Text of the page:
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Drag Queen Story Time carries on with event despite bomb threat, counter-protests

Security threats and counter protests did not derail the joy felt by hundreds supporting Drag Queen Story Time Sunday.

LOUISVILLE, Ky. — Despite a bomb threat and counter protests, nothing could derail the joy felt by hundreds supporting Sunday's Drag Queen Storytime.

The LGBTQ+ nonprofit hosted a “Reading with Pride” event in the Portland neighborhood. It featured several drag queens, reading LGBT-inclusive children's books.

There was also music and a goat petting zoo.

The nonprofit has been hosting similar events in Louisville for the last several years. According to its website, "Drag Queen Story Timeー Kentucky is just what it sounds like: local drag queens reading stories to children."

Even organizers said of the 200 that RSVP’d, 75 or so showed up for the event March 26. They were met with just as many working to keep people safe.

“I've lived in Louisville my entire life,” Scanlon, a transgender man and supporter of the event said. “I'm not going to let anyone come here and make kids feel unsafe. Absolutely not."

Julian Adam is a Drag Queen Storytime-Kentucky board member.

"None of us [volunteers] are paid,” Adam said. “We're all doing it because we believe in the impact education can have." 

Some of those who volunteered came armed and dressed in combat gear.

In a post to its Facebook page, Drag Queen Storytime-Kentucky said it had to evacuate the property due to a bomb threat but added its staff “took immediate action."

“We evacuated the property, but once we had the go-ahead that we were able to come back, we had everyone come back in,” Adam said.

A group of no more than five showed up in opposition. They marched up-and-down the block, holding a picture of Jesus and a sign that said "drag queen story time is child abuse."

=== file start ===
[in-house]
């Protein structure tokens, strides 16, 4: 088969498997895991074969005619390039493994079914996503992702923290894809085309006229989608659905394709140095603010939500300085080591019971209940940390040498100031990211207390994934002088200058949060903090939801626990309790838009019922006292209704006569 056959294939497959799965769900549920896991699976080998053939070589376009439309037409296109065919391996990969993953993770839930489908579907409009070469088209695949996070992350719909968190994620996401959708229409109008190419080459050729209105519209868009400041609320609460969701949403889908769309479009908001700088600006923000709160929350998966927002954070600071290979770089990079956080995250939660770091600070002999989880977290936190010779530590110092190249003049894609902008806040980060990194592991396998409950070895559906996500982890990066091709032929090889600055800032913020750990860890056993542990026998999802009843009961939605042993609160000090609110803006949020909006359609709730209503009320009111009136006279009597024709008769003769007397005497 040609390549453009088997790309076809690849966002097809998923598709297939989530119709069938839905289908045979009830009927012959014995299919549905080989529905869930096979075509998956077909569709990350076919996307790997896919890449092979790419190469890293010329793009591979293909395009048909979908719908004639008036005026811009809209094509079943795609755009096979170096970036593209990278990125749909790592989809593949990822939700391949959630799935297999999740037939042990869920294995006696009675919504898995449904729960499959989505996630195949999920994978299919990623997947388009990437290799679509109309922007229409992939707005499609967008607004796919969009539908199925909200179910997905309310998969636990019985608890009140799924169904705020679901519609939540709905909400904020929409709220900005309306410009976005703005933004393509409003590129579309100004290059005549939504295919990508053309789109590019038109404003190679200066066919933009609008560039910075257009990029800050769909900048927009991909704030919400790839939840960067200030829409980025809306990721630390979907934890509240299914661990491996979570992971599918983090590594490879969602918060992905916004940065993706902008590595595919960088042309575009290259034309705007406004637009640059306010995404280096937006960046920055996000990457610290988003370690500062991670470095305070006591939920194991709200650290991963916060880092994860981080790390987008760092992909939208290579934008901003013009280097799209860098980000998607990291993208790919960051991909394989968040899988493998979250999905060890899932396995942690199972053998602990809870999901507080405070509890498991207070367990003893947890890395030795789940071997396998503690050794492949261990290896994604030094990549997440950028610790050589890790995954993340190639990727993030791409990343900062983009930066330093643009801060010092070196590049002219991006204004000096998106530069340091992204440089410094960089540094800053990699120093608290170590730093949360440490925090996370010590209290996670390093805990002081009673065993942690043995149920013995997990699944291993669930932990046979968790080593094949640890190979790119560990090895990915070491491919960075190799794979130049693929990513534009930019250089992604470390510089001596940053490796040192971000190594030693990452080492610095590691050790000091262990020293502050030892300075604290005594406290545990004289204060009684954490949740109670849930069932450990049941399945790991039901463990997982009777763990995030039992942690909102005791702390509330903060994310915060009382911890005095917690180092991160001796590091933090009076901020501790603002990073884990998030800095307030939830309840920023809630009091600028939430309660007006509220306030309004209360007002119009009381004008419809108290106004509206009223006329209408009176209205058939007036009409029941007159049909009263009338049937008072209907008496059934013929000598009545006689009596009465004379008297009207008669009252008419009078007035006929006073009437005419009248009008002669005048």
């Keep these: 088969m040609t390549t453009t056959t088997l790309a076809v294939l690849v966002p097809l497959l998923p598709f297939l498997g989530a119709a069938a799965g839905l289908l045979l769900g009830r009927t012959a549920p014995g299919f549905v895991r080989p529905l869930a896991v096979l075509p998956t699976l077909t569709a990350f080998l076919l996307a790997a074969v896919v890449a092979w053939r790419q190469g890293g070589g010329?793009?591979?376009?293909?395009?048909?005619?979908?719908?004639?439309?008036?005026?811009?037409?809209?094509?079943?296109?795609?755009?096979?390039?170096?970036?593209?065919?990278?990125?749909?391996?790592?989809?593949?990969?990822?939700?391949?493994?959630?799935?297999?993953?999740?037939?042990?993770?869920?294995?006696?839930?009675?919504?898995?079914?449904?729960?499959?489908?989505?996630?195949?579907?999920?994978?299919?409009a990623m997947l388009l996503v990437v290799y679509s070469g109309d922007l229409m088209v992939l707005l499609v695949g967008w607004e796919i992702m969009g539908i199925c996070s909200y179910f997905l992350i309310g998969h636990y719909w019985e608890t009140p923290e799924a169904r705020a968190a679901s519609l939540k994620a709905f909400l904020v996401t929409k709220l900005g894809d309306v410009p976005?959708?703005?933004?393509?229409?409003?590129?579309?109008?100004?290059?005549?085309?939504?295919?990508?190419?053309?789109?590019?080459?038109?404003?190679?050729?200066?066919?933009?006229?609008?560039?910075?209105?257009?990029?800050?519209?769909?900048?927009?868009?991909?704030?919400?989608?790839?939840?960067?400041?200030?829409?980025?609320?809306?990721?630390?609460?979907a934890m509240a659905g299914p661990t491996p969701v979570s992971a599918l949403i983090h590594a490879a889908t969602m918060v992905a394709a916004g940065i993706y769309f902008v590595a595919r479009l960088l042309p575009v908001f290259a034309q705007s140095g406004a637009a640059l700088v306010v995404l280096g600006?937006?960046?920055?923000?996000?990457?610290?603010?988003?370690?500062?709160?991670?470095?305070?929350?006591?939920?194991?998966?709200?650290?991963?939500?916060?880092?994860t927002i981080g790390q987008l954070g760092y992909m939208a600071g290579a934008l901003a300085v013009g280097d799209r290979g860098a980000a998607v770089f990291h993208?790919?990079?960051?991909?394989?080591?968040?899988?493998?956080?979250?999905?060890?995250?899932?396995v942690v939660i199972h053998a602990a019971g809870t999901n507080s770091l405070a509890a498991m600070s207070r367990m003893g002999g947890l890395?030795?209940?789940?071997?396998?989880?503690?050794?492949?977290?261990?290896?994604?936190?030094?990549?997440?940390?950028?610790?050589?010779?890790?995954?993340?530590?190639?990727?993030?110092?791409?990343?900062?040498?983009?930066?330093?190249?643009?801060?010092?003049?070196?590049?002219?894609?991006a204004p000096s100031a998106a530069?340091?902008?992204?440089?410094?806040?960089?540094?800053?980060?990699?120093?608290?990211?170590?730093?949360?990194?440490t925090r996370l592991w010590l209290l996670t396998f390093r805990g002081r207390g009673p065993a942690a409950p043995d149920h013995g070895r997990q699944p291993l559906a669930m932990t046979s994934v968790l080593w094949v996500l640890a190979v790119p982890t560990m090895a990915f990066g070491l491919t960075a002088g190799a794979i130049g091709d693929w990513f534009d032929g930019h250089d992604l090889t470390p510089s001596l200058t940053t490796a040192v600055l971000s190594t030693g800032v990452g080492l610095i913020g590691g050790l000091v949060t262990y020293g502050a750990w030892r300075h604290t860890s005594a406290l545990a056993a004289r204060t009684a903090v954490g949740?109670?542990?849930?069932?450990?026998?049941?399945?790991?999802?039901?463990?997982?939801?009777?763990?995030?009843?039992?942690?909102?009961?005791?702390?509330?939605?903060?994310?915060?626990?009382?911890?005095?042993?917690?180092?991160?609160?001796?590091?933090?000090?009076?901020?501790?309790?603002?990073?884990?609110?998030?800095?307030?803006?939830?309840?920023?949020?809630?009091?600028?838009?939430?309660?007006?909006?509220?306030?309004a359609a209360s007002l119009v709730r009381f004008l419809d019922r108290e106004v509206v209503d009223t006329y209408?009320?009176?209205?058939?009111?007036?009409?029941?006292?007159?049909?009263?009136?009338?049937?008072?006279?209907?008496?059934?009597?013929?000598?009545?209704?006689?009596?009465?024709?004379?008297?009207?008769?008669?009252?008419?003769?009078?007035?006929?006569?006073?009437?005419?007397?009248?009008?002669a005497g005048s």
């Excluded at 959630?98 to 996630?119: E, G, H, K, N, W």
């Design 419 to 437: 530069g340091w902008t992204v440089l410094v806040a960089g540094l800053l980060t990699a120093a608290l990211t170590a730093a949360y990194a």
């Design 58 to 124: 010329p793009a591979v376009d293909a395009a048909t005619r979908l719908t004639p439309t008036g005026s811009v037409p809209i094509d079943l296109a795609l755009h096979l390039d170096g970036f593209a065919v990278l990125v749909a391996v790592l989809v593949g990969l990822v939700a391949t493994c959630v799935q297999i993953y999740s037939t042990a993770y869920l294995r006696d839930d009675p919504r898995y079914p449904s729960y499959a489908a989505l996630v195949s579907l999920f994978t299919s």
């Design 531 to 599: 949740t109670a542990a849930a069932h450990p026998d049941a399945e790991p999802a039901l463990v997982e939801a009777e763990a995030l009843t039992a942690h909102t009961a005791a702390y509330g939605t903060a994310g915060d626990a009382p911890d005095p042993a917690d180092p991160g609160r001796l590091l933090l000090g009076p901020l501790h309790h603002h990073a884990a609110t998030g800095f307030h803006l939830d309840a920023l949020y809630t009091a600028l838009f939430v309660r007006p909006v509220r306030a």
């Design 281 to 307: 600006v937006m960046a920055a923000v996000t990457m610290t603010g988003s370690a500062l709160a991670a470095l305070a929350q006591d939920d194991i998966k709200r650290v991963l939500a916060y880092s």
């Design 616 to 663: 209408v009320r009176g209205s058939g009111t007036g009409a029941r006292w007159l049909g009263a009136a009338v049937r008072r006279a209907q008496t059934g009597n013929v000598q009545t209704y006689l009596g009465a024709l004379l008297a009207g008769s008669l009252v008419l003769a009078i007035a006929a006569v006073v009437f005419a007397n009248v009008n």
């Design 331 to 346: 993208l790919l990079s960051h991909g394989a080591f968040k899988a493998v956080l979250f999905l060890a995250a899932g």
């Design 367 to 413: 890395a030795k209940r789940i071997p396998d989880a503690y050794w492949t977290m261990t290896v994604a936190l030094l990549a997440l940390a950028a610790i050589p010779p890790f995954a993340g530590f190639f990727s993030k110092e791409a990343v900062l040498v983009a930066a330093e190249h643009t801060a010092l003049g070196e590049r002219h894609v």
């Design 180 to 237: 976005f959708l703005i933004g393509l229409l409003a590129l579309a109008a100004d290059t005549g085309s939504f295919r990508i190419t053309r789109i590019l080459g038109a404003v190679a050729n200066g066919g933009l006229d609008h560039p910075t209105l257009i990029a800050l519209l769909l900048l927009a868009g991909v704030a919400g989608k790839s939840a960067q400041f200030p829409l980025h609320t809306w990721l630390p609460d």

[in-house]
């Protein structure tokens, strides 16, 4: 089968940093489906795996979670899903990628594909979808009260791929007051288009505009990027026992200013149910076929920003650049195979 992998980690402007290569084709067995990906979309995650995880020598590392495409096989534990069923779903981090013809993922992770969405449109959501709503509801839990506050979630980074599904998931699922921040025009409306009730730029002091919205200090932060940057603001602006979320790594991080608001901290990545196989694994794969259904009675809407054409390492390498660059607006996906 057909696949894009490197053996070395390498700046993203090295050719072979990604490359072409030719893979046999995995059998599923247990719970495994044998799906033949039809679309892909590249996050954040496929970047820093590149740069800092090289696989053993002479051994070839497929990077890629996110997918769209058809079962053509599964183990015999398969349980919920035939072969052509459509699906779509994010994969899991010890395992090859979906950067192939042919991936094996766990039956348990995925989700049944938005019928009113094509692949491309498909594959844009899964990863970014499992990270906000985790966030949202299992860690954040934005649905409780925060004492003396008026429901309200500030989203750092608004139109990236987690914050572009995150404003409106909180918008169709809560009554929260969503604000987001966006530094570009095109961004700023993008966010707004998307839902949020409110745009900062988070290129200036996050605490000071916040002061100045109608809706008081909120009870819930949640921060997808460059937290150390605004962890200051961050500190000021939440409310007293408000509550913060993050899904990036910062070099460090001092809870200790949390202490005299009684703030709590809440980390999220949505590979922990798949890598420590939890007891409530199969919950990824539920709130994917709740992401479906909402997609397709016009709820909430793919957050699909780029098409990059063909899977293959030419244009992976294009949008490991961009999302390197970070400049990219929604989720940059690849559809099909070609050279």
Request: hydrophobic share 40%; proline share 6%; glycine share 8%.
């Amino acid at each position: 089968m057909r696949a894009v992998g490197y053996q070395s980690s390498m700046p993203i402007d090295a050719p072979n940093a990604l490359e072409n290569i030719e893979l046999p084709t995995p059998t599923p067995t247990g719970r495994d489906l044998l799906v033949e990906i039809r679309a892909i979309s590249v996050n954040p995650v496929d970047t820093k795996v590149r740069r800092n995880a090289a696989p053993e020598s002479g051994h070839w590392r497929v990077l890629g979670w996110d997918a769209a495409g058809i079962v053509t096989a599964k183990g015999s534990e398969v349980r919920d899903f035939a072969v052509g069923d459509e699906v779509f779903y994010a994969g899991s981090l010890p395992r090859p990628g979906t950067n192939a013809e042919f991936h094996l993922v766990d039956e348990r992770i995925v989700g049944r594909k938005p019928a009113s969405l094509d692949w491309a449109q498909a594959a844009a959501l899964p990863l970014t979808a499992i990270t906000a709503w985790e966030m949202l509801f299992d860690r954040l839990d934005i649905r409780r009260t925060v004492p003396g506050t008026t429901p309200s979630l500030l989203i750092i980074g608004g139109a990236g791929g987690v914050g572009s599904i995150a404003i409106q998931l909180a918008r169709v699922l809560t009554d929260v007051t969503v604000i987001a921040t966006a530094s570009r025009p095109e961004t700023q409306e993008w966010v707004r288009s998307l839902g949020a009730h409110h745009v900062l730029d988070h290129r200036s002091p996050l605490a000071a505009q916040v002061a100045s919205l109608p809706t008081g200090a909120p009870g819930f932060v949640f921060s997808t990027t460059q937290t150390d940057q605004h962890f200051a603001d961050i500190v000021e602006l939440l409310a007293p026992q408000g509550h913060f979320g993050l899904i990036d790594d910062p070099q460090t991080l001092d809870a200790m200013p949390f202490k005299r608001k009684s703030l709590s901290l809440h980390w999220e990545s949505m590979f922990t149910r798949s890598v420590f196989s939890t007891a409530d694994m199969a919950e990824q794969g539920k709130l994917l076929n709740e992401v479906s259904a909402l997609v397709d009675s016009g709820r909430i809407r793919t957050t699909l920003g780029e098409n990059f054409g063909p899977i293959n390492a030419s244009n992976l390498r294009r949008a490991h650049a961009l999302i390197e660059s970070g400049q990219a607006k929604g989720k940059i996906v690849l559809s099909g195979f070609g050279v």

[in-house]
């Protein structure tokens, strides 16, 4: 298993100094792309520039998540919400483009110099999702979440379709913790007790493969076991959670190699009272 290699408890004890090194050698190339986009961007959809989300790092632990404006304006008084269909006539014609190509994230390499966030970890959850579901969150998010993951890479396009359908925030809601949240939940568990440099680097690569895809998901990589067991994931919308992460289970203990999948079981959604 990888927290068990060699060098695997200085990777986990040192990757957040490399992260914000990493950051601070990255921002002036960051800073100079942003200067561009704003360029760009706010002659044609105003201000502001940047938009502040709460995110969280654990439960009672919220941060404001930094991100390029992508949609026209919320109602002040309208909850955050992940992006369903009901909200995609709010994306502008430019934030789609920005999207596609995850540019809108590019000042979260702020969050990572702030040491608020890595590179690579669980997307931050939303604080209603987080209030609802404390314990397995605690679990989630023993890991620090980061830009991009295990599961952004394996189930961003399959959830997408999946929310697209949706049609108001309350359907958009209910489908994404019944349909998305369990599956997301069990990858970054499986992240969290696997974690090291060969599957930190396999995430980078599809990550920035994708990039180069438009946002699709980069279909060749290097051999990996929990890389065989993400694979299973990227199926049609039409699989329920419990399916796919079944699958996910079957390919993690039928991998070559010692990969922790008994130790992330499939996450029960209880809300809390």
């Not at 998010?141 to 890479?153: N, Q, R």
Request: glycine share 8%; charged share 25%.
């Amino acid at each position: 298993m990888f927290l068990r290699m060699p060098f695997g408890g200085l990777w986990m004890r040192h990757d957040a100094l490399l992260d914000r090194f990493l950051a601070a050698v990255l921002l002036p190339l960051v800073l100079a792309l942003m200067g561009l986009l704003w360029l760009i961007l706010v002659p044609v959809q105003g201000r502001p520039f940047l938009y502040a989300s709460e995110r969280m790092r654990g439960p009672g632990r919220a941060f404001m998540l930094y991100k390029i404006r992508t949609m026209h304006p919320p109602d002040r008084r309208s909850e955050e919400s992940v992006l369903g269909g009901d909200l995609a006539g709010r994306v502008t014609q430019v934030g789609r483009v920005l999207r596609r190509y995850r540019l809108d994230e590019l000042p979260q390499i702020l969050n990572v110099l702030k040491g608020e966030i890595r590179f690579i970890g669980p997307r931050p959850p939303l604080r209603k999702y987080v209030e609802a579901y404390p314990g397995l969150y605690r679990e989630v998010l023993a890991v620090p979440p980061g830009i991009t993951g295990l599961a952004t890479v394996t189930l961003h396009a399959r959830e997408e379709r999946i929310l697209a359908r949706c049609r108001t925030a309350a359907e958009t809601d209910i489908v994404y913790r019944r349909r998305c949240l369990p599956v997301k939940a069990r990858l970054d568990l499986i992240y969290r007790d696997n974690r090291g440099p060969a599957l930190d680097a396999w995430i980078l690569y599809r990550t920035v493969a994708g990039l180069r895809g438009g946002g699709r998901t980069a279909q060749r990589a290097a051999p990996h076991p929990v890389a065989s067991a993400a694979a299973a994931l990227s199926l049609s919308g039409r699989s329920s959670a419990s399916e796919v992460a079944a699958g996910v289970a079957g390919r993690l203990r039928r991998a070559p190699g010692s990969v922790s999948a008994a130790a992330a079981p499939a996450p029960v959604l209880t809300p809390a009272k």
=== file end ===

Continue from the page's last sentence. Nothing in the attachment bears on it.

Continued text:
"I don't necessarily give anyone like that energy because I believe that feeds into them,” Adam said. “I'm going to focus on love and positivity.”

Mom Buffy Greenwell echoed that sentiment.

"It upsets me because [the counter protestors] are using our Jesus to promote hate,” she said. “That's not right. That's not what Jesus was about."

Greenwell and her 12-year-old daughter Jaelyn enjoyed their first time at the event. They say it won't be the last.

"It was honestly really wholesome and nice,” Jaelyn said. “There were other little kids younger than me [at the event]. It was amazing, nothing inappropriate.”

Everyone who spoke with WHAS11 said they had the same take-away after the event:

"The joy. The joy here, the joy in the community, the kids ー it's overwhelming,” Scanlon said. “That's part of what it’s all about.”

“You're hearing the joy that's coming from people [who] have gotten together and said ‘We are going to make this a priority. We're going to make education a priority. We're going to make exposure to LGBT youth a priority for the world.’" 

Supporters said no matter what roadblocks may lie ahead, they won't let their voices be silenced.

Contact reporter Connor Steffen at csteffen@whas11.com or on FacebookTwitter or Instagram.  

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